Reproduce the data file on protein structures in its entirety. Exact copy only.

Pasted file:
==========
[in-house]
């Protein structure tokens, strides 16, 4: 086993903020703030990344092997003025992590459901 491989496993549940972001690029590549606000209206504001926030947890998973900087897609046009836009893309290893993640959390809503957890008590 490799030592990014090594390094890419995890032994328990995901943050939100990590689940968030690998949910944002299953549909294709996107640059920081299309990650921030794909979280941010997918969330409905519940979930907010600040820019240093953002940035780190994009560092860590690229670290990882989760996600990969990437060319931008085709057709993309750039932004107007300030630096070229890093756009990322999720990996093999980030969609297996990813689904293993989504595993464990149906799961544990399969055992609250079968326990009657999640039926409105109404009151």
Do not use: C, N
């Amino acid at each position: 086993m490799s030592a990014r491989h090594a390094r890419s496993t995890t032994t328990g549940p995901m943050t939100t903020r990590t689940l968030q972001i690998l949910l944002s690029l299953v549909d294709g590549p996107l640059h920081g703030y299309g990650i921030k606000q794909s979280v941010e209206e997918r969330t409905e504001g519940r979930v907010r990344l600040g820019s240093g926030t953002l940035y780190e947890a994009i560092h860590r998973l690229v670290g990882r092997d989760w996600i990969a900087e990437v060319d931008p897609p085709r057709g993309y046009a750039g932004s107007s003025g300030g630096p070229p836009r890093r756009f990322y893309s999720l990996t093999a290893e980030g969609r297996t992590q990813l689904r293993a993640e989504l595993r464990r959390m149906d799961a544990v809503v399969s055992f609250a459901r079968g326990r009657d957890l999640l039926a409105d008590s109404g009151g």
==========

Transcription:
[in-house]
């Protein structure tokens, strides 16, 4: 086993903020703030990344092997003025992590459901 491989496993549940972001690029590549606000209206504001926030947890998973900087897609046009836009893309290893993640959390809503957890008590 490799030592990014090594390094890419995890032994328990995901943050939100990590689940968030690998949910944002299953549909294709996107640059920081299309990650921030794909979280941010997918969330409905519940979930907010600040820019240093953002940035780190994009560092860590690229670290990882989760996600990969990437060319931008085709057709993309750039932004107007300030630096070229890093756009990322999720990996093999980030969609297996990813689904293993989504595993464990149906799961544990399969055992609250079968326990009657999640039926409105109404009151």
Do not use: C, N
């Amino acid at each position: 086993m490799s030592a990014r491989h090594a390094r890419s496993t995890t032994t328990g549940p995901m943050t939100t903020r990590t689940l968030q972001i690998l949910l944002s690029l299953v549909d294709g590549p996107l640059h920081g703030y299309g990650i921030k606000q794909s979280v941010e209206e997918r969330t409905e504001g519940r979930v907010r990344l600040g820019s240093g926030t953002l940035y780190e947890a994009i560092h860590r998973l690229v670290g990882r092997d989760w996600i990969a900087e990437v060319d931008p897609p085709r057709g993309y046009a750039g932004s107007s003025g300030g630096p070229p836009r890093r756009f990322y893309s999720l990996t093999a290893e980030g969609r297996t992590q990813l689904r293993a993640e989504l595993r464990r959390m149906d799961a544990v809503v399969s055992f609250a459901r079968g326990r009657d957890l999640l039926a409105d008590s109404g009151g």